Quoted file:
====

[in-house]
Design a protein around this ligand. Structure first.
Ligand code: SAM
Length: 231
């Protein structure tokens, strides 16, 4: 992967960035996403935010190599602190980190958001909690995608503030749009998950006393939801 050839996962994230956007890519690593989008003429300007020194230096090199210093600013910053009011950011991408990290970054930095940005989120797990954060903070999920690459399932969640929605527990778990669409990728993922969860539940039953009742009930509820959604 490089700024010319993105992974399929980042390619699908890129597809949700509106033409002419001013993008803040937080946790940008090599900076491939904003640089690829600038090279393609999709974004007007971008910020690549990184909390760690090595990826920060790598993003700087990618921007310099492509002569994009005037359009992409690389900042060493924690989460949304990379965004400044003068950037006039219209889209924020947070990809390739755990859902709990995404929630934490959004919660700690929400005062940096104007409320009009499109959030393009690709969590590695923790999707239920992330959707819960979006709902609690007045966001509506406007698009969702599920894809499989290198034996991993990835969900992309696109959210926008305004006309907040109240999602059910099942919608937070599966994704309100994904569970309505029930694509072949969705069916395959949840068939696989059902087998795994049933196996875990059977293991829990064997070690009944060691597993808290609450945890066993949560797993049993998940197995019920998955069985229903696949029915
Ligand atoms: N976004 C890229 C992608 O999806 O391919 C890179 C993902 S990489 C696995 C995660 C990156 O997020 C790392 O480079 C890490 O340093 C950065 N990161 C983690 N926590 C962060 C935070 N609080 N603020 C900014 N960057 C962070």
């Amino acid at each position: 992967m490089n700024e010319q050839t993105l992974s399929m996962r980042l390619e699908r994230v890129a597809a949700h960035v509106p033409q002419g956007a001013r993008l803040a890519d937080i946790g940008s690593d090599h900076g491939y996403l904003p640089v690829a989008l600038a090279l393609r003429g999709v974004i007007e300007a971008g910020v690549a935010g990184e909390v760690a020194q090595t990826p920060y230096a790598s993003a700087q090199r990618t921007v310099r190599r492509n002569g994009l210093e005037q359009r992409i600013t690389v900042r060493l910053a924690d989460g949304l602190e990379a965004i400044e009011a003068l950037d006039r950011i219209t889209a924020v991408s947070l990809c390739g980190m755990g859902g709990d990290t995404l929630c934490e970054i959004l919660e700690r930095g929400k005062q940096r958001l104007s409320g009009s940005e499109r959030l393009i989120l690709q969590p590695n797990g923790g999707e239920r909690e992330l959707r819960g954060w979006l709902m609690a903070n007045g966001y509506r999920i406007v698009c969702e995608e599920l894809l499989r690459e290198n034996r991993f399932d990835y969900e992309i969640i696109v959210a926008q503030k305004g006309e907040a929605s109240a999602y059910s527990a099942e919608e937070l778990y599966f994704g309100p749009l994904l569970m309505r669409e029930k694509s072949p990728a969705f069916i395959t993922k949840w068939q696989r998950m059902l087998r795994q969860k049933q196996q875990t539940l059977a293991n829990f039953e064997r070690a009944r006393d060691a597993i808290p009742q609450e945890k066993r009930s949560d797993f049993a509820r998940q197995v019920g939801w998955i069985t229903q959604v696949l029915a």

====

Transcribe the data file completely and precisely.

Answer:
[in-house]
Design a protein around this ligand. Structure first.
Ligand code: SAM
Length: 231
């Protein structure tokens, strides 16, 4: 992967960035996403935010190599602190980190958001909690995608503030749009998950006393939801 050839996962994230956007890519690593989008003429300007020194230096090199210093600013910053009011950011991408990290970054930095940005989120797990954060903070999920690459399932969640929605527990778990669409990728993922969860539940039953009742009930509820959604 490089700024010319993105992974399929980042390619699908890129597809949700509106033409002419001013993008803040937080946790940008090599900076491939904003640089690829600038090279393609999709974004007007971008910020690549990184909390760690090595990826920060790598993003700087990618921007310099492509002569994009005037359009992409690389900042060493924690989460949304990379965004400044003068950037006039219209889209924020947070990809390739755990859902709990995404929630934490959004919660700690929400005062940096104007409320009009499109959030393009690709969590590695923790999707239920992330959707819960979006709902609690007045966001509506406007698009969702599920894809499989290198034996991993990835969900992309696109959210926008305004006309907040109240999602059910099942919608937070599966994704309100994904569970309505029930694509072949969705069916395959949840068939696989059902087998795994049933196996875990059977293991829990064997070690009944060691597993808290609450945890066993949560797993049993998940197995019920998955069985229903696949029915
Ligand atoms: N976004 C890229 C992608 O999806 O391919 C890179 C993902 S990489 C696995 C995660 C990156 O997020 C790392 O480079 C890490 O340093 C950065 N990161 C983690 N926590 C962060 C935070 N609080 N603020 C900014 N960057 C962070």
């Amino acid at each position: 992967m490089n700024e010319q050839t993105l992974s399929m996962r980042l390619e699908r994230v890129a597809a949700h960035v509106p033409q002419g956007a001013r993008l803040a890519d937080i946790g940008s690593d090599h900076g491939y996403l904003p640089v690829a989008l600038a090279l393609r003429g999709v974004i007007e300007a971008g910020v690549a935010g990184e909390v760690a020194q090595t990826p920060y230096a790598s993003a700087q090199r990618t921007v310099r190599r492509n002569g994009l210093e005037q359009r992409i600013t690389v900042r060493l910053a924690d989460g949304l602190e990379a965004i400044e009011a003068l950037d006039r950011i219209t889209a924020v991408s947070l990809c390739g980190m755990g859902g709990d990290t995404l929630c934490e970054i959004l919660e700690r930095g929400k005062q940096r958001l104007s409320g009009s940005e499109r959030l393009i989120l690709q969590p590695n797990g923790g999707e239920r909690e992330l959707r819960g954060w979006l709902m609690a903070n007045g966001y509506r999920i406007v698009c969702e995608e599920l894809l499989r690459e290198n034996r991993f399932d990835y969900e992309i969640i696109v959210a926008q503030k305004g006309e907040a929605s109240a999602y059910s527990a099942e919608e937070l778990y599966f994704g309100p749009l994904l569970m309505r669409e029930k694509s072949p990728a969705f069916i395959t993922k949840w068939q696989r998950m059902l087998r795994q969860k049933q196996q875990t539940l059977a293991n829990f039953e064997r070690a009944r006393d060691a597993i808290p009742q609450e945890k066993r009930s949560d797993f049993a509820r998940q197995v019920g939801w998955i069985t229903q959604v696949l029915a």